Lesson 1: Building a Foundation
In this lesson, students are asked to build a load-bearing structure using common materials. The structure will be tested on its ability to hold a textbook for more than ten seconds. The goal of this activity is to engage students in a difficult challenge to highlight strategies for showing persistence in the face of frustration. Most students will not get this right the first time, but if they continue trying and iterating, you can help them identify techniques to make struggle productive.
While this lesson may not at first seem connected to Computer Science, it plays an essential role in preparing students to tackle some of the more difficult challenges that will come their way when approaching new CS content. This lesson teaches that failure is not the end of a journey, but rather a step towards success. The majority of students should feel frustrated at some point in this lesson, but it's important to emphasize that failure and frustration are common steps that lead to creativity and success.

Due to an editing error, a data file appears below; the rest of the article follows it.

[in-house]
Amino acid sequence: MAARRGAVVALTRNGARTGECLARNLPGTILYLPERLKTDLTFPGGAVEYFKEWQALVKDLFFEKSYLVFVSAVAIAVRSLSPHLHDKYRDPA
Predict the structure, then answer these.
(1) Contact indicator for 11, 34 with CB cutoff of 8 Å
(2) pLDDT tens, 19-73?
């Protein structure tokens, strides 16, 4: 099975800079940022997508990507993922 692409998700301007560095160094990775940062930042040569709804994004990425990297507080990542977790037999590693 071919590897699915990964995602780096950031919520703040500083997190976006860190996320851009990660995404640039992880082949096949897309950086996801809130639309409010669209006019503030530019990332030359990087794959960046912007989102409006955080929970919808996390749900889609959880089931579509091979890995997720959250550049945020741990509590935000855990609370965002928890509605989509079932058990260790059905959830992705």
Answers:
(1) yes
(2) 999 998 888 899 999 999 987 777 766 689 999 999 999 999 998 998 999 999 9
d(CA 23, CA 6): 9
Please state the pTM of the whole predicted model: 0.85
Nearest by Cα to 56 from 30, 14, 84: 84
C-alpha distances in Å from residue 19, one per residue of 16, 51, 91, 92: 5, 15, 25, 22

Warm Up (15 min)
Activity (20 min)
Wrap Up (10 min)
Students will be able to:
- Identify the feeling of frustration when felt or described
- List strategies for overcoming frustration during a difficult task
- Model persistence while working on a difficult task
- Watch the Building a Foundation - Lesson in Action Video.
- Print Building a Foundation - Teacher Prep Guide.
- Gather enough building elements (marshmallows or gumdrops with toothpicks or popsicle sticks) for each group. You don't have to give any certain amount; just make sure you put some limit on materials.
- Give a Think Spot Journal to each student.
For the Teacher
For the Students
- Think Spot Journal - Reflection Journal
- Frustrated - Feeling annoyed or angry because something is not the way you want it.
- Persistence - Trying again and again, even when something is very hard.
Warm Up (15 min)
Try, Try Again
As you work to embed persistence into your classroom culture, consider using some of these images as occasional reminders.